Tim Wakeling’s tablet mini-course – Bonus Part

I originally wrote this to include in the mini-course.  But it’s not strictly to do with controlling your tablet, so I scrapped it.

I still think it’s worth you knowing about, though, so I think you’ve done the right thing by deciding to read it.  So without further ado…

In my experience hundreds of people get confused because they don’t know the difference between their tablet and other, different types of tablet.

They often don’t even realise that’s why they’re confused.  So when someone says “Just tap on the so-and-so” and they can’t find the so-and-so or it doesn’t do what they expect, they think they’re doing something wrong.

When really it’s often just that they have a different type of tablet.

There are three types. It does get a bit more complicated, but basically there are three types:

  • Tablets made by Apple, which run Apple’s own system, called iOS. They call these tablets iPads.
  • Tablets made by all sorts of different companies running Android, which is designed by Google.
  • Tablets made by a handful of companies running Windows, made by Microsoft (like you’d run on a PC or laptop).

Each of these are available in different sizes, with bigger or smaller screens and better or cheaper cameras.

If you’re not sure which you have, it usually says on the screen as you turn the thing on. Or sometimes if you look on the back it’ll have an Apple logo (an apple with a bite out of it) or the Windows flag – and if it has some other maker, chances are it’s an Android one.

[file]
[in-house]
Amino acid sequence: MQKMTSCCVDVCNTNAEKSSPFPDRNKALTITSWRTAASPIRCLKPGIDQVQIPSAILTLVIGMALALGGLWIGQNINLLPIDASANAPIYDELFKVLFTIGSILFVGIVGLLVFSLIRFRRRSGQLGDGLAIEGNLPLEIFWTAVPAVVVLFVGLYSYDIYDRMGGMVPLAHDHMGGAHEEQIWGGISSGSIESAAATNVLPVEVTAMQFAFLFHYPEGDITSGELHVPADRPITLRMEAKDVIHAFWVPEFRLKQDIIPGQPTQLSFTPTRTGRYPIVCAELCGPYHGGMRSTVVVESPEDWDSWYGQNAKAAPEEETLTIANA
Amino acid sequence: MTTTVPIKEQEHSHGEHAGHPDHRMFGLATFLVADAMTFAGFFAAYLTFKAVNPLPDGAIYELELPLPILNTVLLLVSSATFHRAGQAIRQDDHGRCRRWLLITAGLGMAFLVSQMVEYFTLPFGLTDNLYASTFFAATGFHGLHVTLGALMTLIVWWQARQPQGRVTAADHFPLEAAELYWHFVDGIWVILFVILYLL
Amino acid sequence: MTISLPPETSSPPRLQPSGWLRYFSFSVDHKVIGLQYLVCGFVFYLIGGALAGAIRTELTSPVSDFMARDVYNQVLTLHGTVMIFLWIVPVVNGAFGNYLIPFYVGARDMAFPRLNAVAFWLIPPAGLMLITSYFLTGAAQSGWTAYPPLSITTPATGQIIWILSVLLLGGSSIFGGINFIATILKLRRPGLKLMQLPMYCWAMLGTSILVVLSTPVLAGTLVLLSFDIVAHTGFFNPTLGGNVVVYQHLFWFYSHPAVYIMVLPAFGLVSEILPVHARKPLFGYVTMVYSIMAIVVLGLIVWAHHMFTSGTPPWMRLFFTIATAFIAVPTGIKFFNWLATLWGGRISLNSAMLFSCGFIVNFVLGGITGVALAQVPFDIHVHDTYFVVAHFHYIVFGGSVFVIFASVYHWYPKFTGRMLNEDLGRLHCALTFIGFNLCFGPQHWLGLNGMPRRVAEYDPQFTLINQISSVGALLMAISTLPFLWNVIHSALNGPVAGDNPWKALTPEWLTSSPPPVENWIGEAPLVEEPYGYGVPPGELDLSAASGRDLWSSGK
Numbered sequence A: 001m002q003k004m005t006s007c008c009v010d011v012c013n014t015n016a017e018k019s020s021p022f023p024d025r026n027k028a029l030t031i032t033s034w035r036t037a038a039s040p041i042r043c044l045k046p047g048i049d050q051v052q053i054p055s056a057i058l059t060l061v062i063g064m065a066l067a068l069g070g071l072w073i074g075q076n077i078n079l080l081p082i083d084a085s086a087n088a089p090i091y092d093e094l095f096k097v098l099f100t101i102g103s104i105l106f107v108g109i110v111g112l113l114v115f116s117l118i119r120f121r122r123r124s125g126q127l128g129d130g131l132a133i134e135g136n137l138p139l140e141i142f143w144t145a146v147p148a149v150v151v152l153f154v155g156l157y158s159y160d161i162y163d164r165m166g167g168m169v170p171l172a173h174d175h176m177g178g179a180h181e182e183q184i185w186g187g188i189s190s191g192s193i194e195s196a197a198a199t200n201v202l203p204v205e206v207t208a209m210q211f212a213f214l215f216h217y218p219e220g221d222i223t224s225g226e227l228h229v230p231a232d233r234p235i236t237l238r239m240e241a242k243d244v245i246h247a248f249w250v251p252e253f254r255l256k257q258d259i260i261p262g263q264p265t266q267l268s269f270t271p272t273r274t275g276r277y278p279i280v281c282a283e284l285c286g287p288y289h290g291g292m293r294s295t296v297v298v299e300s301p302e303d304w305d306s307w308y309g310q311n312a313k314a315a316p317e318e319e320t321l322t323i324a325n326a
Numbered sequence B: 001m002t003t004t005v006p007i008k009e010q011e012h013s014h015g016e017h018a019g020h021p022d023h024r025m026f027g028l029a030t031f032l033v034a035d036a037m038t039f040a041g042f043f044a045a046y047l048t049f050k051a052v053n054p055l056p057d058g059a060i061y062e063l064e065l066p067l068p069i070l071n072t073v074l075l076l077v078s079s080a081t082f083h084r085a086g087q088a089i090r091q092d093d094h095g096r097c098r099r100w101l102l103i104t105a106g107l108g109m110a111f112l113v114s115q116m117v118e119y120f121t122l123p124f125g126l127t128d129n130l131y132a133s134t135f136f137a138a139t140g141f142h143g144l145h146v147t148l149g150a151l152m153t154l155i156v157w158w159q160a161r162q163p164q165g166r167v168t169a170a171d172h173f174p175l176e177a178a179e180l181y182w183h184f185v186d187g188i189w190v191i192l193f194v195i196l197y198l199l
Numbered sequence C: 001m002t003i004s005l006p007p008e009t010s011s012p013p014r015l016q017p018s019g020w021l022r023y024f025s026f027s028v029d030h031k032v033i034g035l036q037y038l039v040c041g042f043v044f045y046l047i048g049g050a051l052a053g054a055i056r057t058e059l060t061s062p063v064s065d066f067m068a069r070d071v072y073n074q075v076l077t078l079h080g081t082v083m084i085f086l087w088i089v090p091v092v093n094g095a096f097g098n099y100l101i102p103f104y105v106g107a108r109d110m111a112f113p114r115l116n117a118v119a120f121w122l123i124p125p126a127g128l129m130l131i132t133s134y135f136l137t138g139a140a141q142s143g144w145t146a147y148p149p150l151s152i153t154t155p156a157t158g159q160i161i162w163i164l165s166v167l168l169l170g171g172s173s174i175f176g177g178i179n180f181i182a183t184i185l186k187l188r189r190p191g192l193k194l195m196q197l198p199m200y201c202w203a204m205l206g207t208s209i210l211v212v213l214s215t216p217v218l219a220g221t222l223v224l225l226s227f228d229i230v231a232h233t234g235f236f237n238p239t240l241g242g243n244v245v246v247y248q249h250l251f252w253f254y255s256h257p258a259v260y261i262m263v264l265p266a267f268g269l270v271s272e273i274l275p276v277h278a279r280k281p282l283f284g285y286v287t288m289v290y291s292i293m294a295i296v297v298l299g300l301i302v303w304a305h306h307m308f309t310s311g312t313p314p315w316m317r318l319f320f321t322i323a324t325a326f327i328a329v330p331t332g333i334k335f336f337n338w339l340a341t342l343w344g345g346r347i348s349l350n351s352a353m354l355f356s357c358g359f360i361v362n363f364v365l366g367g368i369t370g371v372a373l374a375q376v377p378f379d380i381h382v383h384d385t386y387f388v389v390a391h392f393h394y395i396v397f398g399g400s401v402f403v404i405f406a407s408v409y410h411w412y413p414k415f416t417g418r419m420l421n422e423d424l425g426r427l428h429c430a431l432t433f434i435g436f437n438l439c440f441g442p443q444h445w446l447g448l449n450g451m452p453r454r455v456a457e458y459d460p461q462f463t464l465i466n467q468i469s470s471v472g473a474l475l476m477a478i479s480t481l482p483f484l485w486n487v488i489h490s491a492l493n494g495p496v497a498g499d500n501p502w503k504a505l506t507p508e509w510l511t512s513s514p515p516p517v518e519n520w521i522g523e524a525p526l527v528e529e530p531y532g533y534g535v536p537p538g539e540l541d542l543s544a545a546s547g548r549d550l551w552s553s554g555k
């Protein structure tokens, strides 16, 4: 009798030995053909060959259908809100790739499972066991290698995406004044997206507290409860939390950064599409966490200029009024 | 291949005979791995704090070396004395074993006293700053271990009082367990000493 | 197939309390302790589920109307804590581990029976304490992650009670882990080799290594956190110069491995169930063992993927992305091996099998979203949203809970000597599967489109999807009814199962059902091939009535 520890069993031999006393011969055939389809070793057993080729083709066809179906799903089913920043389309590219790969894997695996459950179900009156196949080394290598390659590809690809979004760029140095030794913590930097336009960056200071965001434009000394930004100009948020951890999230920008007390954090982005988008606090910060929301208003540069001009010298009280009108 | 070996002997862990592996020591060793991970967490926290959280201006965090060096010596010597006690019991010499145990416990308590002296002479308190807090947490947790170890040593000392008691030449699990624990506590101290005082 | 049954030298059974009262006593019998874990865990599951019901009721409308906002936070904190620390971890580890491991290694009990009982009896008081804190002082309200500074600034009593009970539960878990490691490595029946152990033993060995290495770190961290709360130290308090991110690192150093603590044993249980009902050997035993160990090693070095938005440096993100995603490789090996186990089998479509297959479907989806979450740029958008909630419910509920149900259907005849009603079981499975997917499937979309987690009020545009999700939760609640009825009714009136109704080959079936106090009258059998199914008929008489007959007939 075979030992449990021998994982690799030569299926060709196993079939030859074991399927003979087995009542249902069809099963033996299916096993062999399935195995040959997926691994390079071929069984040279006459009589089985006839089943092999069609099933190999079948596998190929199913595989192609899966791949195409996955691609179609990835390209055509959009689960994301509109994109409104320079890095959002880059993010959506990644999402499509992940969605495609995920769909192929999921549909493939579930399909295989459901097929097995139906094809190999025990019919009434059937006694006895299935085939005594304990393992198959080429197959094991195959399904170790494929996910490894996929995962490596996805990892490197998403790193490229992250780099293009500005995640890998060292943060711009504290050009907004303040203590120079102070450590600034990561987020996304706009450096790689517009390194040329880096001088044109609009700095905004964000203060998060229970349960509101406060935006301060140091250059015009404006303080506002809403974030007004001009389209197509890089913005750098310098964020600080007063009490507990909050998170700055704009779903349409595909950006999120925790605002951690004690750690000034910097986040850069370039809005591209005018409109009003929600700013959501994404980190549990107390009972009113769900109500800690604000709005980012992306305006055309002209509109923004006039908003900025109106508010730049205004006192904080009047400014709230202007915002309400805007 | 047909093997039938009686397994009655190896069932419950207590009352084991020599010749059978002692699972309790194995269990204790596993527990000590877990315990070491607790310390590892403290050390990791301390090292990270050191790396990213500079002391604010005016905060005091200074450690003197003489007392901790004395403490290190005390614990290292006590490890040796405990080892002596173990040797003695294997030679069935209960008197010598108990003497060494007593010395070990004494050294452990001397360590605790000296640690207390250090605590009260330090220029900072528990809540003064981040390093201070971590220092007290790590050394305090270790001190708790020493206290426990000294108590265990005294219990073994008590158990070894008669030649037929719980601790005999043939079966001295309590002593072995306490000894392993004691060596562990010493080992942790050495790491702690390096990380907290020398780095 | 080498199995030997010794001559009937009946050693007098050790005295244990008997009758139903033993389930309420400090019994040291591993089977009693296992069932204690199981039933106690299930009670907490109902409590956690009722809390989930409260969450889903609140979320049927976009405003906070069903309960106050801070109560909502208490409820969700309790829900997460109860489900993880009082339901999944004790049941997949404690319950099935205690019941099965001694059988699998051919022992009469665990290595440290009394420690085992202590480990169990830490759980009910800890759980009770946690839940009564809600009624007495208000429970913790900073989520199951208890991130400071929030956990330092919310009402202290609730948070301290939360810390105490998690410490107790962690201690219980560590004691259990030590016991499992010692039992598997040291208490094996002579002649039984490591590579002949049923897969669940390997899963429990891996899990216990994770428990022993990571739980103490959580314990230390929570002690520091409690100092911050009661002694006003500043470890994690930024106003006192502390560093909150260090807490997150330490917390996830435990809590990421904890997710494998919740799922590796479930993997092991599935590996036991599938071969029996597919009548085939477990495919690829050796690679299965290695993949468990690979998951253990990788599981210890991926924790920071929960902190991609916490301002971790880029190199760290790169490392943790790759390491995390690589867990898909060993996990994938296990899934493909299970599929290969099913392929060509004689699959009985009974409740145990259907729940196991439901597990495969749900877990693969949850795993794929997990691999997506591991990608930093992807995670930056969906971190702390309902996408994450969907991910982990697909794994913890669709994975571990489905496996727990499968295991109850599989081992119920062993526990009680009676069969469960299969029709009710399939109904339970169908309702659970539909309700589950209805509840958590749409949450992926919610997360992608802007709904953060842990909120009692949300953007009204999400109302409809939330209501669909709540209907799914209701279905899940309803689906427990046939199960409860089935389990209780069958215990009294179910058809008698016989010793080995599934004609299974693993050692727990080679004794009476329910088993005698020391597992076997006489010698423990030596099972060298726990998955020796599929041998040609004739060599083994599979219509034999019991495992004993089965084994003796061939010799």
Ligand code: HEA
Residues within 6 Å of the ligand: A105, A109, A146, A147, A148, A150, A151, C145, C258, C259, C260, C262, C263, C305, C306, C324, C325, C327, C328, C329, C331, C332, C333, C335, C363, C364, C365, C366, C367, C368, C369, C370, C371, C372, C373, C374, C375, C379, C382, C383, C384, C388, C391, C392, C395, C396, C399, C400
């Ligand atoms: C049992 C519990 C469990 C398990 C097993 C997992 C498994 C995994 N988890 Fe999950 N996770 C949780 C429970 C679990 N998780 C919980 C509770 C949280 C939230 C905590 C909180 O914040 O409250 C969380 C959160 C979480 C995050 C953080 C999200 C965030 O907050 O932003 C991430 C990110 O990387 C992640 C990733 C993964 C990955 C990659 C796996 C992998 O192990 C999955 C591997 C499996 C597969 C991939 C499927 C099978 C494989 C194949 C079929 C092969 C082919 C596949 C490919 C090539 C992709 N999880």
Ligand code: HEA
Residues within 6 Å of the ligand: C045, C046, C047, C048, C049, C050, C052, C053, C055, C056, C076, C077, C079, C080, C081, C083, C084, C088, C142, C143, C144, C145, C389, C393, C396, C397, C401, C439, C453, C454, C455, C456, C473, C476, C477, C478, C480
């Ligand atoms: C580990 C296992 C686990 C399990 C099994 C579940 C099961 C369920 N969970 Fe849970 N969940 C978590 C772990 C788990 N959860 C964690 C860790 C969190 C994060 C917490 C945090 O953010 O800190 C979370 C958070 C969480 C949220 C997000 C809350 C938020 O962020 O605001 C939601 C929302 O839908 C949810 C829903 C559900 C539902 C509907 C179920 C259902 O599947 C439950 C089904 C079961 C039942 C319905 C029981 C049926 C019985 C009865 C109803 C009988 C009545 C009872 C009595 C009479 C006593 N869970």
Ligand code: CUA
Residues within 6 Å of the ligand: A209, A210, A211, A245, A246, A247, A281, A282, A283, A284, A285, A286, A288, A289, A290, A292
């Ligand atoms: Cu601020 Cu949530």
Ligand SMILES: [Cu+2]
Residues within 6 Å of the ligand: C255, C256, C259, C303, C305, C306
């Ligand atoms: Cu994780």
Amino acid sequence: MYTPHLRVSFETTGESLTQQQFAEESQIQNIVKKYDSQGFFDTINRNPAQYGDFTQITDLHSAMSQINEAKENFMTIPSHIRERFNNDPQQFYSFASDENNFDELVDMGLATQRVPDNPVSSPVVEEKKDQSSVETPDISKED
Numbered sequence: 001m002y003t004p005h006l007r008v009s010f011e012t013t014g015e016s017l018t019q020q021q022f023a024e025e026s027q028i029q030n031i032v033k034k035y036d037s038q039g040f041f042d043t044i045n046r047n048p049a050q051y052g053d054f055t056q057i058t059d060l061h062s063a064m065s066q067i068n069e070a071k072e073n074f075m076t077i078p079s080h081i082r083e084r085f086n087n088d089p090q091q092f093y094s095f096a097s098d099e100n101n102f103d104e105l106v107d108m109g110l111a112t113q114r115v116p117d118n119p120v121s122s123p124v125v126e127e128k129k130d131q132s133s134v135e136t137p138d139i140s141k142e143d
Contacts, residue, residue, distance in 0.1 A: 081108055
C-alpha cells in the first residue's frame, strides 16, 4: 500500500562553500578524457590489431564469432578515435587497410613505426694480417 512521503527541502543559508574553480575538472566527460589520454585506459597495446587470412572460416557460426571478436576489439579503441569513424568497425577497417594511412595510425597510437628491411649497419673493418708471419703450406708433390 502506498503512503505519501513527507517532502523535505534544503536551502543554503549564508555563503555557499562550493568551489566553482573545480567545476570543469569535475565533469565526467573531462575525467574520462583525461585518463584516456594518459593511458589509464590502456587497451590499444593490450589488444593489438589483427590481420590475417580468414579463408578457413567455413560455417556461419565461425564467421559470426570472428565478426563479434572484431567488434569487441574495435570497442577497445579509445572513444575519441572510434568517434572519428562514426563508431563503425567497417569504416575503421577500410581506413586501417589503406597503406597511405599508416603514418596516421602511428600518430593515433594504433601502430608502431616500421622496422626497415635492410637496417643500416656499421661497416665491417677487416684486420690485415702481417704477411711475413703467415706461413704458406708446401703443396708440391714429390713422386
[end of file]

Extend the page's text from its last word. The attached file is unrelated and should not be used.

They all work a bit differently and if someone has a different one from you and tries to show you how to do something, it probably won’t be quite the same on yours – so it’s worth knowing which you have.

So, there are three types of tablet and that’s it? No -when did technology manufacturers ever make it that simple? I’m afraid there’s more to it…

There are different versions of each type of tablet – I mean different versions of the system that make them work, called the operating system.

For example Android’s latest version is version 7, which they’ve also called “Nougat” (Google like to give every version of Android a name based on a sweet as well as a number. Peculiar, but they like it!) But if you have an ever-so-slightly older device, you might have version 6 (Marshmallow).

The Operating Systems do get updated so you get the newer version, but not always and not straight away.

So say you and a friend both have Android tablets (or both have iPads). You might still find they work slightly differently if you both have different versions.

I wouldn’t say you normally need to know what version you have – it’s not that important. But it’s worth knowing that there are different versions, so you don’t get confused if yours is different from a friend’s.

And even that’s not all.

With Android tablets, different manufacturers of the tablets will change and tweak the way it works – making changes to Android, the system that makes it work.

In some cases these are pretty small tweaks – maybe putting their company logo on some of the screens or changing some colours.

In other cases they’ll make bigger changes. Maybe adding some new options into menus that might not be there on other tablets made by other companies.

And if you have a Fire tablet (made by Amazon), it is based on Android, but they’ve changed it massively – so it’s almost like a totally different type of tablet. Fire tablets can’t even run all the same apps (we’ll come on to apps later) as other Android tablets – it’ll only run ones Amazon have decided to let it run (often blocking ones from their competitors).

So there are three things that affects how your tablet works:

  1. Whether you have an Android, Apple (iPad) or Windows tablet
  2. What version of the “operating system” you have
  3. If you have an Android tablet, how much the manufacturer tweaked it – from adding a logo and changing the odd colour to changing it completely if it’s an Amazon Fire.

I hope that makes it a bit clearer – and now you’ll understand why your tablet might not match your friend’s…